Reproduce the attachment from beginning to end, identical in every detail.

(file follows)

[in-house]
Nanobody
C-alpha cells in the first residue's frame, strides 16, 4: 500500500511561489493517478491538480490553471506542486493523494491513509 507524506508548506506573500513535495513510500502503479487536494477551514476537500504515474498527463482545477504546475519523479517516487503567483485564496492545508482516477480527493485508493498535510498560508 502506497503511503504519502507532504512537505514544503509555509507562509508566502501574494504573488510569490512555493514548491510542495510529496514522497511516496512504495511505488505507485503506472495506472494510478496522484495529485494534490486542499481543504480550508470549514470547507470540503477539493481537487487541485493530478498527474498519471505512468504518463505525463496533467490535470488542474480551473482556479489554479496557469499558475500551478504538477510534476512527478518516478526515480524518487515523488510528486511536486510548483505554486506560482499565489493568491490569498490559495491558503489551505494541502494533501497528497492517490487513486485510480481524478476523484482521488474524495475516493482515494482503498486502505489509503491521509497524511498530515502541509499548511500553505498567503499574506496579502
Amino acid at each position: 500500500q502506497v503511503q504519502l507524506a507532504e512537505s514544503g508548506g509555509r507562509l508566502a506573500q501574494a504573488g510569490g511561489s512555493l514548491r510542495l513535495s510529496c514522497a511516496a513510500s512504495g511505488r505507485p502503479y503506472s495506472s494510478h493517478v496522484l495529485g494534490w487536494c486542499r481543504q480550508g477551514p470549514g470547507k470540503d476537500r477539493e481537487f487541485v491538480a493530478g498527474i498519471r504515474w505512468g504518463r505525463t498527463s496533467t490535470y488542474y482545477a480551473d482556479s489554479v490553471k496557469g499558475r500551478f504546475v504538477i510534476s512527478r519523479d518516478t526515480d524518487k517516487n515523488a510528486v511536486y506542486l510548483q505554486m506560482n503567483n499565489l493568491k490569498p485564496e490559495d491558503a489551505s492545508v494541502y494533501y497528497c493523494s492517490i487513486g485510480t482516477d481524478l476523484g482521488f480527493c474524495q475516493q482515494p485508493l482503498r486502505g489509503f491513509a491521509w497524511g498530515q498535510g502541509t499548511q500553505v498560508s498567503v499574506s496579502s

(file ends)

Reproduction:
[in-house]
Nanobody
C-alpha cells in the first residue's frame, strides 16, 4: 500500500511561489493517478491538480490553471506542486493523494491513509 507524506508548506506573500513535495513510500502503479487536494477551514476537500504515474498527463482545477504546475519523479517516487503567483485564496492545508482516477480527493485508493498535510498560508 502506497503511503504519502507532504512537505514544503509555509507562509508566502501574494504573488510569490512555493514548491510542495510529496514522497511516496512504495511505488505507485503506472495506472494510478496522484495529485494534490486542499481543504480550508470549514470547507470540503477539493481537487487541485493530478498527474498519471505512468504518463505525463496533467490535470488542474480551473482556479489554479496557469499558475500551478504538477510534476512527478518516478526515480524518487515523488510528486511536486510548483505554486506560482499565489493568491490569498490559495491558503489551505494541502494533501497528497492517490487513486485510480481524478476523484482521488474524495475516493482515494482503498486502505489509503491521509497524511498530515502541509499548511500553505498567503499574506496579502
Amino acid at each position: 500500500q502506497v503511503q504519502l507524506a507532504e512537505s514544503g508548506g509555509r507562509l508566502a506573500q501574494a504573488g510569490g511561489s512555493l514548491r510542495l513535495s510529496c514522497a511516496a513510500s512504495g511505488r505507485p502503479y503506472s495506472s494510478h493517478v496522484l495529485g494534490w487536494c486542499r481543504q480550508g477551514p470549514g470547507k470540503d476537500r477539493e481537487f487541485v491538480a493530478g498527474i498519471r504515474w505512468g504518463r505525463t498527463s496533467t490535470y488542474y482545477a480551473d482556479s489554479v490553471k496557469g499558475r500551478f504546475v504538477i510534476s512527478r519523479d518516478t526515480d524518487k517516487n515523488a510528486v511536486y506542486l510548483q505554486m506560482n503567483n499565489l493568491k490569498p485564496e490559495d491558503a489551505s492545508v494541502y494533501y497528497c493523494s492517490i487513486g485510480t482516477d481524478l476523484g482521488f480527493c474524495q475516493q482515494p485508493l482503498r486502505g489509503f491513509a491521509w497524511g498530515q498535510g502541509t499548511q500553505v498560508s498567503v499574506s496579502s